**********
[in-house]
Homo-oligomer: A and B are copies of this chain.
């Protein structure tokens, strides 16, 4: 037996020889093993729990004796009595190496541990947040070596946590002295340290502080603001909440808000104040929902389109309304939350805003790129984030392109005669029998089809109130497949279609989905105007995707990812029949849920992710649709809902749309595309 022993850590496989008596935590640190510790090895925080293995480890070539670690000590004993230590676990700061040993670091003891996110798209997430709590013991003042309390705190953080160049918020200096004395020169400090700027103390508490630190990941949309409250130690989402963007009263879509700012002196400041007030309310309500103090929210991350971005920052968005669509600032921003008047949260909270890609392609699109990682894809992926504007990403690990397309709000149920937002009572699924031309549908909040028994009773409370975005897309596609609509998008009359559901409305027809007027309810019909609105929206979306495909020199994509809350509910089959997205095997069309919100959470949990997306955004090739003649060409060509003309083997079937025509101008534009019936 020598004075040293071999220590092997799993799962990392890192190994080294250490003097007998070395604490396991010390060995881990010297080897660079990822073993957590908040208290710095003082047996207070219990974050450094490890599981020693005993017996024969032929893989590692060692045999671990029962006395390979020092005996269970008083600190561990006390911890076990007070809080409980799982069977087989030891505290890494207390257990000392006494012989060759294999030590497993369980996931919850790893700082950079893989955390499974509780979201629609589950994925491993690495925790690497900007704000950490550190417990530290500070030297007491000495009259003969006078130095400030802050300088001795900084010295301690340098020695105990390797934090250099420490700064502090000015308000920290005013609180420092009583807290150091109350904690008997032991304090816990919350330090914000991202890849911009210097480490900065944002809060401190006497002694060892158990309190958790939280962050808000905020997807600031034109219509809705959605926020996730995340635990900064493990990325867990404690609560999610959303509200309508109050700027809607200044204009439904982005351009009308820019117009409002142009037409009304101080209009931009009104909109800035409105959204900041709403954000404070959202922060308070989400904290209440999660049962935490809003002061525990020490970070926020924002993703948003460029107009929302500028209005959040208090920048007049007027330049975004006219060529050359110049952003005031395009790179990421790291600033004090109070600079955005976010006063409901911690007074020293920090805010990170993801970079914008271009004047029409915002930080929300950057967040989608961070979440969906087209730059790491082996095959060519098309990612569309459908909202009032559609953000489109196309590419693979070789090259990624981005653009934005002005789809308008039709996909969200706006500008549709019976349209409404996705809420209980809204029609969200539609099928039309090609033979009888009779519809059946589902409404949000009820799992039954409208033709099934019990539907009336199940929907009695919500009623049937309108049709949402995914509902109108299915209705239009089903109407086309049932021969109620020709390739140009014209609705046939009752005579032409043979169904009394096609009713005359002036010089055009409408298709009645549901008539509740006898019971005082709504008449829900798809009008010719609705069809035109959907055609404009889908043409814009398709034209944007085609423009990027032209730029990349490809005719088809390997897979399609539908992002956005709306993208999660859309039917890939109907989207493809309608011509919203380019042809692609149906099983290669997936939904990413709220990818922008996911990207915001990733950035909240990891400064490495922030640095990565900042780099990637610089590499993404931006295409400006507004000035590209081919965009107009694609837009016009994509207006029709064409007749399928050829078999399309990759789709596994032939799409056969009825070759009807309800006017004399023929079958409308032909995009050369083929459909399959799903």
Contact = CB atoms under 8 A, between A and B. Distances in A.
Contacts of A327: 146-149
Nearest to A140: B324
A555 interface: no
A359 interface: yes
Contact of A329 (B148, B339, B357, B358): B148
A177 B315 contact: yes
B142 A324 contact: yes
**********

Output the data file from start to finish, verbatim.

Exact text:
[in-house]
Homo-oligomer: A and B are copies of this chain.
């Protein structure tokens, strides 16, 4: 037996020889093993729990004796009595190496541990947040070596946590002295340290502080603001909440808000104040929902389109309304939350805003790129984030392109005669029998089809109130497949279609989905105007995707990812029949849920992710649709809902749309595309 022993850590496989008596935590640190510790090895925080293995480890070539670690000590004993230590676990700061040993670091003891996110798209997430709590013991003042309390705190953080160049918020200096004395020169400090700027103390508490630190990941949309409250130690989402963007009263879509700012002196400041007030309310309500103090929210991350971005920052968005669509600032921003008047949260909270890609392609699109990682894809992926504007990403690990397309709000149920937002009572699924031309549908909040028994009773409370975005897309596609609509998008009359559901409305027809007027309810019909609105929206979306495909020199994509809350509910089959997205095997069309919100959470949990997306955004090739003649060409060509003309083997079937025509101008534009019936 020598004075040293071999220590092997799993799962990392890192190994080294250490003097007998070395604490396991010390060995881990010297080897660079990822073993957590908040208290710095003082047996207070219990974050450094490890599981020693005993017996024969032929893989590692060692045999671990029962006395390979020092005996269970008083600190561990006390911890076990007070809080409980799982069977087989030891505290890494207390257990000392006494012989060759294999030590497993369980996931919850790893700082950079893989955390499974509780979201629609589950994925491993690495925790690497900007704000950490550190417990530290500070030297007491000495009259003969006078130095400030802050300088001795900084010295301690340098020695105990390797934090250099420490700064502090000015308000920290005013609180420092009583807290150091109350904690008997032991304090816990919350330090914000991202890849911009210097480490900065944002809060401190006497002694060892158990309190958790939280962050808000905020997807600031034109219509809705959605926020996730995340635990900064493990990325867990404690609560999610959303509200309508109050700027809607200044204009439904982005351009009308820019117009409002142009037409009304101080209009931009009104909109800035409105959204900041709403954000404070959202922060308070989400904290209440999660049962935490809003002061525990020490970070926020924002993703948003460029107009929302500028209005959040208090920048007049007027330049975004006219060529050359110049952003005031395009790179990421790291600033004090109070600079955005976010006063409901911690007074020293920090805010990170993801970079914008271009004047029409915002930080929300950057967040989608961070979440969906087209730059790491082996095959060519098309990612569309459908909202009032559609953000489109196309590419693979070789090259990624981005653009934005002005789809308008039709996909969200706006500008549709019976349209409404996705809420209980809204029609969200539609099928039309090609033979009888009779519809059946589902409404949000009820799992039954409208033709099934019990539907009336199940929907009695919500009623049937309108049709949402995914509902109108299915209705239009089903109407086309049932021969109620020709390739140009014209609705046939009752005579032409043979169904009394096609009713005359002036010089055009409408298709009645549901008539509740006898019971005082709504008449829900798809009008010719609705069809035109959907055609404009889908043409814009398709034209944007085609423009990027032209730029990349490809005719088809390997897979399609539908992002956005709306993208999660859309039917890939109907989207493809309608011509919203380019042809692609149906099983290669997936939904990413709220990818922008996911990207915001990733950035909240990891400064490495922030640095990565900042780099990637610089590499993404931006295409400006507004000035590209081919965009107009694609837009016009994509207006029709064409007749399928050829078999399309990759789709596994032939799409056969009825070759009807309800006017004399023929079958409308032909995009050369083929459909399959799903």
Contact = CB atoms under 8 A, between A and B. Distances in A.
Contacts of A327: 146-149
Nearest to A140: B324
A555 interface: no
A359 interface: yes
Contact of A329 (B148, B339, B357, B358): B148
A177 B315 contact: yes
B142 A324 contact: yes